Raybo: Are you really asking me to name my favorite child? I’m kidding, but it does feel a bit like that. I like bits and pieces of so many projects, but if I was hard-pressed to name my fave albums, they would probably be:
My favorite band/artist is J.T. Florence of WUN. I love that guy.
FN: Speaking of “Moonblood Symposium” by Chad Phantom and The Nobody Panic, what the story behind that cover?
Raybo: Moonblood Symposium came about by way of a short story I was working on that pertains to a rogue Apache werewolf clan. I’ve been completely drawn towards indigenous cultures my whole life and in high school I was good friends with a Native Amercian girl named, Talihina. She was gorgeous, inside and out. But Tali had a rough ride, dealing with a sexually abusive & drunken birth father, and a manic/depressive step-father who committed suicide when we were 16. I saw them as shapeshifters, unsavory men who did unsavory things when the moon flew highest in the sky. I also smoked a lot of pot.
None-the-less, beautiful Tali stood above her clan, saved by her own brilliant heart. And it left a mark on me, as you can see.
I stumbled onto the cover photo at the exact time I was compiling CHAD PHANTOM AND THE NOBODY PANIC’s debut album. Perfect synchronicity. I just looked up on my laptop screen and there it was, the best image I could ever imagine to encapsulate the story of Talihina Moonblood and her brutal brethren of fanged fury. The whole story was in that artwork, as if it had been made for it.
And the fact that the gnarling wolves were captured inside the silhouette of the girl reminded me that she was one of those cursed creatures as well. She merely decided to make another kind of choice. She gave her life for the greater good. And that choice is what defines her as a dualistic character, which in turn, I feel, defines us all.
I separated it [the image], enlarged it, colored it, and tweaked the fuck out of it. The typography had to be petite because nothing could compete with the image, nor should it. And I can see in this cover that it could easily fit on the jacket of a book, which many of my covers do. FIGMENT lets me kill two birds with one stone, filling all creative voids I keep in my mind’s attic.
Which is fucking awesome.
FN: If you could make one of your fake bands real and then join the band, what band would it be and what instrument would you play in the band?
Raybo: Well, damn! I guess if anything ever happened to ol’ Remy Holt, lead singer of KING FU, I would jump in there in a second. That’s my kind of music. And, boy, do the groupies love those guys.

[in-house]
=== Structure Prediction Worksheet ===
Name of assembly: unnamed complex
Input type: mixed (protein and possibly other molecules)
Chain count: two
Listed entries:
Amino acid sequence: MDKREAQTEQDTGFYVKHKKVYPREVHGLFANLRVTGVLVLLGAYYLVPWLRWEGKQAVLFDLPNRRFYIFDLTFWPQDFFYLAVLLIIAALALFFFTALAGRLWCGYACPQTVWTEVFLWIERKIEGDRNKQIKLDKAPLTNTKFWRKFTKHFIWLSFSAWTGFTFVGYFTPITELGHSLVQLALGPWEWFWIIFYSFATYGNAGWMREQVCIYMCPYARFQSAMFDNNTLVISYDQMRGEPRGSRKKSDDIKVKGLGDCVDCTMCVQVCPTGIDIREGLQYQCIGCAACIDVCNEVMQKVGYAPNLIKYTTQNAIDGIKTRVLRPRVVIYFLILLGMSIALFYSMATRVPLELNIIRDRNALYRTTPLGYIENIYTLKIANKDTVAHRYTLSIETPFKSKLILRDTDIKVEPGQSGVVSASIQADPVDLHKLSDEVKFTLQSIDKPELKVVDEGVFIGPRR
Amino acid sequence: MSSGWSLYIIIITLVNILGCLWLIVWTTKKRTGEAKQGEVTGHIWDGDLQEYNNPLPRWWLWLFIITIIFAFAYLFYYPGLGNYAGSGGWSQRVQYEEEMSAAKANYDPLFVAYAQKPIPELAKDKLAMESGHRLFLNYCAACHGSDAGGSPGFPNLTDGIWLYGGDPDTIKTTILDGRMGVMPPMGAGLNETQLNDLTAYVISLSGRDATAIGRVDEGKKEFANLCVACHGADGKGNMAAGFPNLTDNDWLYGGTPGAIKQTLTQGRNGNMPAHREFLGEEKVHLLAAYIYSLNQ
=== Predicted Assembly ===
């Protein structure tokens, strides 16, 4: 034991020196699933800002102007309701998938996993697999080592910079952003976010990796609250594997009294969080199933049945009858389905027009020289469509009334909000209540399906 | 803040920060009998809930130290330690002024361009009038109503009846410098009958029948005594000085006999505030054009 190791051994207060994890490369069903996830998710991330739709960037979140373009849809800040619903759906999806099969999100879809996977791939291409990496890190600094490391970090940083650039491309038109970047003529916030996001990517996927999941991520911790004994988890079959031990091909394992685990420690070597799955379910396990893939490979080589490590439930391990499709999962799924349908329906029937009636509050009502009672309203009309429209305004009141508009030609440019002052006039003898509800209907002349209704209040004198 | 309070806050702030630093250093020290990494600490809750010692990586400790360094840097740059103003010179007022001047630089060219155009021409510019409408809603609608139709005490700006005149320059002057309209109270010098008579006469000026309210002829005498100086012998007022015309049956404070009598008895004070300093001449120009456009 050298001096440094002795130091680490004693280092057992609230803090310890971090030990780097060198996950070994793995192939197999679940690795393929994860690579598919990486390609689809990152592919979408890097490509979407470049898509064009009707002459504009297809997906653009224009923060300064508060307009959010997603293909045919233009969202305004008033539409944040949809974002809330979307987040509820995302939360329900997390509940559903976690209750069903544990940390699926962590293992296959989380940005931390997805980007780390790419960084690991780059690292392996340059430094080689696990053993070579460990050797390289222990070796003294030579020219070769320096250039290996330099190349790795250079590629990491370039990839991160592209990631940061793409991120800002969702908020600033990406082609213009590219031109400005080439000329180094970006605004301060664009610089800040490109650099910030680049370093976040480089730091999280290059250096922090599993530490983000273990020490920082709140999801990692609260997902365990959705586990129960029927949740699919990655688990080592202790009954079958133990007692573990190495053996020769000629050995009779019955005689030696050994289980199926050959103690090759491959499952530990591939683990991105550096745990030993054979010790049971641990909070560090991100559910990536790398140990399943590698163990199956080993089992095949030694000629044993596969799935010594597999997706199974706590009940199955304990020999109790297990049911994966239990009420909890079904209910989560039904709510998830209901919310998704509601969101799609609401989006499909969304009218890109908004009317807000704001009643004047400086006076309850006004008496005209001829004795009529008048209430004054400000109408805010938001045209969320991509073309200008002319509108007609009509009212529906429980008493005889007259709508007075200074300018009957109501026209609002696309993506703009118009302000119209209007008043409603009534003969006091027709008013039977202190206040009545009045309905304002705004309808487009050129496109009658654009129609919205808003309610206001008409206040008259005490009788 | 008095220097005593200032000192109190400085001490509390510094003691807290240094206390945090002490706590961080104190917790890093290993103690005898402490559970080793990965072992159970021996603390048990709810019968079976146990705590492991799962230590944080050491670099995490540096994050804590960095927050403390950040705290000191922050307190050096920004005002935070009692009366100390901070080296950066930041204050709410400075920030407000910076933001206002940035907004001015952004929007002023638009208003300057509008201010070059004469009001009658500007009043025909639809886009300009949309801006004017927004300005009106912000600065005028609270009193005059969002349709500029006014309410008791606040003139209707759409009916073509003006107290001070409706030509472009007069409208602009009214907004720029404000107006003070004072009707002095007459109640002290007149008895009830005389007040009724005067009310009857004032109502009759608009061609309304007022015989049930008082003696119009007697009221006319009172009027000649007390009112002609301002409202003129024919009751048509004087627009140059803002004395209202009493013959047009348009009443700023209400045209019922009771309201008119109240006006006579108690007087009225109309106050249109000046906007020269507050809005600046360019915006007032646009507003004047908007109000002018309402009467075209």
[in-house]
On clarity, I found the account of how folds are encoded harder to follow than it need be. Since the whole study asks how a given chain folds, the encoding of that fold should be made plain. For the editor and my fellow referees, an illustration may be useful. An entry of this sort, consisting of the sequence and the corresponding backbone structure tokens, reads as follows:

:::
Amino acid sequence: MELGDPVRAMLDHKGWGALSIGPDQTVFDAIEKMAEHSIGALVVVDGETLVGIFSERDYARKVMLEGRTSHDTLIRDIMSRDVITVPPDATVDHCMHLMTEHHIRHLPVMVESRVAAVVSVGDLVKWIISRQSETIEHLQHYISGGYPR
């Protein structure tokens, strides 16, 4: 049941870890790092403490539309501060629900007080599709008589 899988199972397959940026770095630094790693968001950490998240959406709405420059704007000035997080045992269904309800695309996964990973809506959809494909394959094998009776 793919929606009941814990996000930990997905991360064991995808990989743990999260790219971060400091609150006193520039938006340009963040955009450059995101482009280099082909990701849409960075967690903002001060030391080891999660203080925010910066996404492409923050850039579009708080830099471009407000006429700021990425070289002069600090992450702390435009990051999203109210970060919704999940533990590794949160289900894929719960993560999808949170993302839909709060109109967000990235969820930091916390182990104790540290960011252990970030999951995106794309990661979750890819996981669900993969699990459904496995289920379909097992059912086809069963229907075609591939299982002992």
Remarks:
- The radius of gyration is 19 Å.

FN: If someone asked you why should I play Figment what would you tell them?
Raybo: I would tell them that this is an elite group of talented folks, but one that would welcome them with open arms. All they need to bring is an unlimited imagination and a deep love of music.
FIGMENT will take care of the rest.
July 3rd, 2013
Cover-sation is a new feature here on Figment News where we’ll post an album cover from Figment and ask you what you think of it. Good, bad, indifferent? What do you like about the cover’s design? What don’t you like? How might you have approached the same cover? In short, we’ll have a conversation about an album cover design…a Cover-sation if you will…
Fait Accompli released “Malevolence” in 2009, but it remains their best selling album to date. While the band has been on hiatus for some time, this album cover has stuck with me in the 4 years since its release. How about you? Tell us what you think.
June 26th, 2013
Hello Internet, you great yawning maw that consumes our every waking moment, what do you have for us this time?
Glam rocker or Drag Queen? Take the quiz!
Interesting article from David Lowery (Cracker, Camper Van Beethoven) on why online radio and music services like Pandora aren’t being fair in how they pay royalties to bands.
And while we’re on the subject of songs, I loved this post from The Onion’s AV Club on the Best Album-Opening One-Two Punches.
Okay, so this article is from January, but let’s face it the Indiepocalypse is here!
Have you ever wondered what country is the most metal? Well find out what country has the most metal bands per capita!
And once you get there make sure you know your metal, because metal fans write letters to the editor!
Love classic album covers? How about kittens? If you answered yes to both, this Pigeons and Planes post is catnip for you!
And if you loved that last one, how about the same thing done with athletes?
Arrested Development is back, and what better way to celebrate it’s return than with fake album covers!
And Cris Shapan created these hilarious album covers that never were, but should have been!